WINTER GARDEN, Fla. — As small business owners struggle to make money during the coronavirus pandemic. Despite there being a state moratorium on evictions, the order doesn't apply to them.

What You Need To Know

  • Gov. Ron DeSantis' eviction moratorium doesn't protect small businesses

  • Orange Co. Mayor: Non-essential proceedings shutdown until May 29

  • Demings said "no mechanism" until May 29 to enforce evictions

Owner of Crossfit Winter Garden Lee Lovette is holding workouts outdoors because his gym is still shut down — even after Florida has officially moved into Phase one of reopening.

“There’s businesses like us, gyms that are clumped in with Globo gyms and things like that that the governor’s a little hesitant to reopen, hence why we missed phase one, and he’s going to reevaluate in phase two, but the pushes us out two months of being closed,” Lovette said.

Even with these adapted workouts, Lovette says he’s still lost a good chunk of his business with the loss of a physical location.

“Yeah we’re about 30% down,” he said.

Lovette says this is why he hasn’t been able to pay rent — something he says he tried to tell his landlord.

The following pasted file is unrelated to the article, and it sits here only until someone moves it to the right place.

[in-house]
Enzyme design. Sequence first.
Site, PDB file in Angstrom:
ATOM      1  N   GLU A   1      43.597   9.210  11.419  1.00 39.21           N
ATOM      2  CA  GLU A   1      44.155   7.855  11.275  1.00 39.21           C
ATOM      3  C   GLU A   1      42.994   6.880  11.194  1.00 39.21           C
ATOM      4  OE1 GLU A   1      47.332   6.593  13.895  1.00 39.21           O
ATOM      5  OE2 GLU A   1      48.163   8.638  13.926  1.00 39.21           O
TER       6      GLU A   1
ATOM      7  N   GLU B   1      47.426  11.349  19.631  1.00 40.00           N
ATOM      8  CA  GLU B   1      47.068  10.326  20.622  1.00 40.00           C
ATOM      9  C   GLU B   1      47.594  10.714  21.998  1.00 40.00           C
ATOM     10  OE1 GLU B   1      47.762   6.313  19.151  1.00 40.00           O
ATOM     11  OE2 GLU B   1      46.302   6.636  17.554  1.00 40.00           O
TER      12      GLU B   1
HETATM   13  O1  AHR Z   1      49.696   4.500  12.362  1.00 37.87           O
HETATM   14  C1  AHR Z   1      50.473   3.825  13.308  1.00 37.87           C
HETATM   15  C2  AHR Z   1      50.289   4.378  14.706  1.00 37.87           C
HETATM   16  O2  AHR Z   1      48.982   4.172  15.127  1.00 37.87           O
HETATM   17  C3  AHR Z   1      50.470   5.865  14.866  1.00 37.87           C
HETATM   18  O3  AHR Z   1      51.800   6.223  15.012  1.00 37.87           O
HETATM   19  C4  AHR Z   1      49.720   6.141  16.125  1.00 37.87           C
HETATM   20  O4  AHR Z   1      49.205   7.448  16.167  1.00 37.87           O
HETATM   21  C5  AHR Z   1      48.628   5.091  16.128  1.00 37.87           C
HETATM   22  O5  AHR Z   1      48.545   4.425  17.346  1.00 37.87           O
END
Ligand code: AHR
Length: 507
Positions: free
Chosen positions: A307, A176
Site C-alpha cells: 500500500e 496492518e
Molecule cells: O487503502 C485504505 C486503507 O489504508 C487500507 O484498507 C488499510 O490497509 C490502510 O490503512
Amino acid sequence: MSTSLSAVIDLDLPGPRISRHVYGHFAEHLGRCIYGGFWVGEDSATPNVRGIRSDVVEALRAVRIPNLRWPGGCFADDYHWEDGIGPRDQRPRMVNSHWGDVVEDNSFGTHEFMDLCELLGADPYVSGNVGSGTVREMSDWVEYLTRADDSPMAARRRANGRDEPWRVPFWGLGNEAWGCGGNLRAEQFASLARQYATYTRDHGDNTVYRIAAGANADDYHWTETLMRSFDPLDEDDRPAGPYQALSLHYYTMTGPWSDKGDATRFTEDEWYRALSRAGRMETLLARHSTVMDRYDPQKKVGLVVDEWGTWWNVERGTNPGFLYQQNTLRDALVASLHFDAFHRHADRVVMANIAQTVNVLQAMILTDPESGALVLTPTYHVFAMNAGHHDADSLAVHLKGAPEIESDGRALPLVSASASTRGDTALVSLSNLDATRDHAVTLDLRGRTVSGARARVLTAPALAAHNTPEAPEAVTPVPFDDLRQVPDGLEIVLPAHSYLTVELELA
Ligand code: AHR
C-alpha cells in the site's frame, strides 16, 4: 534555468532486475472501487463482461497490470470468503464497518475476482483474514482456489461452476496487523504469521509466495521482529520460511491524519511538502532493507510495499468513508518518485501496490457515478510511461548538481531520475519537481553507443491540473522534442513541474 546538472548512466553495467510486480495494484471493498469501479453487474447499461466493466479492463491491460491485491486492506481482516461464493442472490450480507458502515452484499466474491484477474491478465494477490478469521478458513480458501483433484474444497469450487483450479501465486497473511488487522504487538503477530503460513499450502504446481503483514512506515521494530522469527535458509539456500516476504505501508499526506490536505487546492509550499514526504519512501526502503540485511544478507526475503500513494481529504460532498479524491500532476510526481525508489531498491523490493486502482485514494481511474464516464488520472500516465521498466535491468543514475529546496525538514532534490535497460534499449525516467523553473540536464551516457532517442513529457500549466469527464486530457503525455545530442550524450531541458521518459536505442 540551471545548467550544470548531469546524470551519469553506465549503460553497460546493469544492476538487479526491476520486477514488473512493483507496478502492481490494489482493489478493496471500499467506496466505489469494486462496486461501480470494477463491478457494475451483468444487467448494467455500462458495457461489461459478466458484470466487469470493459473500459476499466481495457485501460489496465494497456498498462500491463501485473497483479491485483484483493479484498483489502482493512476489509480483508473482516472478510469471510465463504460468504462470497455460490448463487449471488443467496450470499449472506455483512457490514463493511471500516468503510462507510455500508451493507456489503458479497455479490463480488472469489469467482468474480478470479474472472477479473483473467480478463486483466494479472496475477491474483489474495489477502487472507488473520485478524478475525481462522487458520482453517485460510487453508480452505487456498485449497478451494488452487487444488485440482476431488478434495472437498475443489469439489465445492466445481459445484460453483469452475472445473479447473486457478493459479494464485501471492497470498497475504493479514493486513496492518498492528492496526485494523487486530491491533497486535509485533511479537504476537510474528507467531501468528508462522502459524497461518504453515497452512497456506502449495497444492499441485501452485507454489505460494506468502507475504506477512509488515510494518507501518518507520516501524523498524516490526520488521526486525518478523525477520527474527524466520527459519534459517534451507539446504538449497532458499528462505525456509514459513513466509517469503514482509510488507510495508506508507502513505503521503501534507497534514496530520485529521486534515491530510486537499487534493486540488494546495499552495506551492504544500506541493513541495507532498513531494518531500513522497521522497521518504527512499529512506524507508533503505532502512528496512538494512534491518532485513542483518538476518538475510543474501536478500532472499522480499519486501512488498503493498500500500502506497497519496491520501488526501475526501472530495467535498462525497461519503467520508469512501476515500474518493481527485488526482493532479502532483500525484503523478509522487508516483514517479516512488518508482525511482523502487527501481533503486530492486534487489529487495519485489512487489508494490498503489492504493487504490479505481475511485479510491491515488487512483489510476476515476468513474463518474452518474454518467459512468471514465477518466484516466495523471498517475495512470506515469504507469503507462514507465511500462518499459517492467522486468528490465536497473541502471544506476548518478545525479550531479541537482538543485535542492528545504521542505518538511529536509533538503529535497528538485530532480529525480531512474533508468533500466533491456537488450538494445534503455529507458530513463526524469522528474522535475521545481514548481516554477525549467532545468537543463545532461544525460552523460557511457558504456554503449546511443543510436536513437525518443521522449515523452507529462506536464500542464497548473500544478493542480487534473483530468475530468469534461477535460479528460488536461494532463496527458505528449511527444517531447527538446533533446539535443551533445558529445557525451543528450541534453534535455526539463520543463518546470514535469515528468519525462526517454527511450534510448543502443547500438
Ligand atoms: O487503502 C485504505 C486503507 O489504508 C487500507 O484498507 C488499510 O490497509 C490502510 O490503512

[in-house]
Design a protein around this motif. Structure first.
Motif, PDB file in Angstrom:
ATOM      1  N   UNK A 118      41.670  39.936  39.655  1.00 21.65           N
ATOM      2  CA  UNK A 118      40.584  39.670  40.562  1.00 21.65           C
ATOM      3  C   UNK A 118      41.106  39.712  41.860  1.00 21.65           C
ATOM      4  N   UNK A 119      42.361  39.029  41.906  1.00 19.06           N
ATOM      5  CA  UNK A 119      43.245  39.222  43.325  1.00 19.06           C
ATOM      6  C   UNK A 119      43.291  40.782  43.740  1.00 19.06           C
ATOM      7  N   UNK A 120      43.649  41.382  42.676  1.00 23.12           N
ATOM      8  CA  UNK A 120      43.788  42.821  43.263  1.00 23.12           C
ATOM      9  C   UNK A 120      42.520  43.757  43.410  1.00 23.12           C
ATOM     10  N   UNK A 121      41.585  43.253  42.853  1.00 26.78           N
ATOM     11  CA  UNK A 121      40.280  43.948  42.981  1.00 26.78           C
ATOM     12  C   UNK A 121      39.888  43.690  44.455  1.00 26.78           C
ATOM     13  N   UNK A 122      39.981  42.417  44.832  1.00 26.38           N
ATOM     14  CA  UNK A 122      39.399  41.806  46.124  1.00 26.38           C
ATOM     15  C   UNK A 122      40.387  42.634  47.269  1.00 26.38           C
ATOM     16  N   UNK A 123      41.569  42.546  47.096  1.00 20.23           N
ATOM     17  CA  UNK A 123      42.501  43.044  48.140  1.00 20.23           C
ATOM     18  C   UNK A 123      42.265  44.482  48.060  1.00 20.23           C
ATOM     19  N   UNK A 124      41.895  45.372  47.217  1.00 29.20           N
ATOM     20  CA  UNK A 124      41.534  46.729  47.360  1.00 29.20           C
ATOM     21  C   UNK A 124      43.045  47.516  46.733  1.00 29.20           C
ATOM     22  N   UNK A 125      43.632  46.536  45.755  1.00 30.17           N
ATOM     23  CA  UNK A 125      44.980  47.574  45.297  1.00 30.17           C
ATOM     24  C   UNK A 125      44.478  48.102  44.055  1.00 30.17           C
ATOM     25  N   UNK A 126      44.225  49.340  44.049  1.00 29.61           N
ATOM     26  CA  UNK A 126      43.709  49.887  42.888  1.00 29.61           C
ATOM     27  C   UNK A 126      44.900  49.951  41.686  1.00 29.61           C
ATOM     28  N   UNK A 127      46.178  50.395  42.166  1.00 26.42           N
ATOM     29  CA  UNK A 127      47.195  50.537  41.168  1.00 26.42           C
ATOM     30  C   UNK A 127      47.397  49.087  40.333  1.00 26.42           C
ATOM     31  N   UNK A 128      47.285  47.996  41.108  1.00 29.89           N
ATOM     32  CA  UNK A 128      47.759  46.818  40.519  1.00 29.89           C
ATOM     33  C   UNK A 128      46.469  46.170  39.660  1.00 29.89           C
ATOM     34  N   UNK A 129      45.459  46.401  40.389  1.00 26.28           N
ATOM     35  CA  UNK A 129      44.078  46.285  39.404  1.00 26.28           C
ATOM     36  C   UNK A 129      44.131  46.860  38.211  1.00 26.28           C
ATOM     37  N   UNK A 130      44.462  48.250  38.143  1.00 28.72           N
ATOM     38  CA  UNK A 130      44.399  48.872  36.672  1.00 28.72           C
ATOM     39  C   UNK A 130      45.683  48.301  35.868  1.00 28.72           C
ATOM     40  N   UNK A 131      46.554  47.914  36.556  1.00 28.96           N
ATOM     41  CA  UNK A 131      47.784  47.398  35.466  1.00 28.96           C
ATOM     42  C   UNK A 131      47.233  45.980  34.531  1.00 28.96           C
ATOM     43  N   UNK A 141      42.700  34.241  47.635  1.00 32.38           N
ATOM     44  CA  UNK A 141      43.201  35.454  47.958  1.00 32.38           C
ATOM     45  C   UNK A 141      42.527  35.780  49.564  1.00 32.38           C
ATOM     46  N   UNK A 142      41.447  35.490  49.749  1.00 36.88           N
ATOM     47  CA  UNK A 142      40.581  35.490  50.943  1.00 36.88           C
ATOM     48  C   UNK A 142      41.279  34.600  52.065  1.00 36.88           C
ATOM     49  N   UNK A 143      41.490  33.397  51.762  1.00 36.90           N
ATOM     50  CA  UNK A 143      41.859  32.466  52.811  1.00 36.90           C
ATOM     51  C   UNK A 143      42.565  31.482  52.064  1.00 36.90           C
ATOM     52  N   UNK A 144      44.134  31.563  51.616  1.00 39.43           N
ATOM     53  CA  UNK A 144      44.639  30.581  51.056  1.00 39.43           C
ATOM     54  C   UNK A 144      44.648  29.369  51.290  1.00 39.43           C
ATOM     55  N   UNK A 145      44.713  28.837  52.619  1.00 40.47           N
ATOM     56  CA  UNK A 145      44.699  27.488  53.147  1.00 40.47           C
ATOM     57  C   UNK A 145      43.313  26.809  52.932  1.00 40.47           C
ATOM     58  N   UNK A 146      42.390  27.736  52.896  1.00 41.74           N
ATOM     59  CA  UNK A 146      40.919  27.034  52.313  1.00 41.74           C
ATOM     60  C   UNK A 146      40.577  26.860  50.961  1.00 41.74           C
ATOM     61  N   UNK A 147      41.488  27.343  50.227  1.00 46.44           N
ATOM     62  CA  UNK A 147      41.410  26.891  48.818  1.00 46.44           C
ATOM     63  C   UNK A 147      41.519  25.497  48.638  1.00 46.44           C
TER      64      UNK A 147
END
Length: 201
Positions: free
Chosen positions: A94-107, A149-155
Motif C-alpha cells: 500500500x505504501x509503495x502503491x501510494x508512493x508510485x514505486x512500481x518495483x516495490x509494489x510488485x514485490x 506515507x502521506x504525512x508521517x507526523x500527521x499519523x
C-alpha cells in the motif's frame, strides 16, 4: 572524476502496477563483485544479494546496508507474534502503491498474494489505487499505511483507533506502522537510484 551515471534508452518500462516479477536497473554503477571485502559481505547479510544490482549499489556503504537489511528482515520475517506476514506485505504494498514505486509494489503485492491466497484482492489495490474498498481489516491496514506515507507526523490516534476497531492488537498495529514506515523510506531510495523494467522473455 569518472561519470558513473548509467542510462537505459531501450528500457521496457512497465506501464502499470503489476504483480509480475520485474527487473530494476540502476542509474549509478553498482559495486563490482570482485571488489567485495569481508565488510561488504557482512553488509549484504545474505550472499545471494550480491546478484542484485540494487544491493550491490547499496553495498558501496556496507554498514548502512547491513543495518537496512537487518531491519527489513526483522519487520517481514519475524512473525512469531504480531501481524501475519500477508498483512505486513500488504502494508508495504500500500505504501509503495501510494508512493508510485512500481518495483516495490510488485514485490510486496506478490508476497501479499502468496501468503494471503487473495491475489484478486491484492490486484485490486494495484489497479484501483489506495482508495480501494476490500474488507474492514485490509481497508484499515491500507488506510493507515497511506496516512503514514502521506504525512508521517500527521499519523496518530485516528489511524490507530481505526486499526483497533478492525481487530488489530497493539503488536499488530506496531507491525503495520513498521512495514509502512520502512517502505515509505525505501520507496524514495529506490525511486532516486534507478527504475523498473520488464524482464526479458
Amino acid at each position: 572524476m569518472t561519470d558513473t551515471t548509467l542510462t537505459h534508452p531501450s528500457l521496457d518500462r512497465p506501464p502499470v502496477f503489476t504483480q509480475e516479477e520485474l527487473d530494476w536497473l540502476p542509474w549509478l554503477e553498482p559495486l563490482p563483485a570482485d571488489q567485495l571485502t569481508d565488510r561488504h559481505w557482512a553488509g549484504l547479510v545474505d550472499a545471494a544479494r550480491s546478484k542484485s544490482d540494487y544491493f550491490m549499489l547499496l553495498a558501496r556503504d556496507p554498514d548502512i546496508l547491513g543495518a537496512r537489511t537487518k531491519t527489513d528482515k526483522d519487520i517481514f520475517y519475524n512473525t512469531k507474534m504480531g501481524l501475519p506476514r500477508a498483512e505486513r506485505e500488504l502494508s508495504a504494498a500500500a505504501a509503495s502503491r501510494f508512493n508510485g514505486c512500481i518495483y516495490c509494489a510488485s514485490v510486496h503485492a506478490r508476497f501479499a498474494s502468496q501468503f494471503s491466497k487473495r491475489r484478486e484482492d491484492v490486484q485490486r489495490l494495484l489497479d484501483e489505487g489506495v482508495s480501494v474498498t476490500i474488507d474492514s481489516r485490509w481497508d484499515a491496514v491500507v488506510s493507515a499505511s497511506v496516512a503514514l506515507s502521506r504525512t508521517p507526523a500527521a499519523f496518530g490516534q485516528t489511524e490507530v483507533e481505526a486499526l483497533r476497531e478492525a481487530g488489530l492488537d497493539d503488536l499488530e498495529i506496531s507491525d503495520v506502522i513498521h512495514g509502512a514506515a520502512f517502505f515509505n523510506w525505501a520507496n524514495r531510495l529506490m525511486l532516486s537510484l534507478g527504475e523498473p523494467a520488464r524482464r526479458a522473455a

“If we get shutdown, we don’t have an income, we can’t pay the bills, we want to get ahead of this,” Lovette said.

But he says his landlord isn’t budging.

Lovette says he got this letter warning of quote, “further action to obtain the balance owed” if he doesn’t pay up.

But Lovette says until they can reopen, they can’t come up with the money.

“You can’t evict someone that’s been shut down. It’s frustrating, plain and simple. It’s frustrating,” he said.

Lovette’s landlord is well within their rights though. State Rep. Anna Eskamani says the governor’s moratorium on evictions doesn’t include business leases.

“They don’t have the same protection with the moratorium as residential folks do,” Rep. Eskamani said.

However, Orange County Mayor Jerry Demings says with non-essential court proceedings shutdown until May 29, business owners are effectively protected from being evicted.

“The Sheriff is not serving evictions, the clerk is not processing that paperwork… there really is no mechanism by which the government at this point, can enforce the eviction processes,” Demings said.

But once courts resume operations, Demings said they really can’t do anything.

Lovette says he wishes there was some way to be sure that he’ll still have a gym when they can get the rent money.

“It would just help it would give us peace of mind,” he said.

Eskamani said her office is requesting the governor expand the protections of his moratorium on evictions to small businesses and extend the moratorium’s time.

But if the governor doesn’t act on that request, as soon as the courthouse doors open to the public again, the eviction notices can move forward again.

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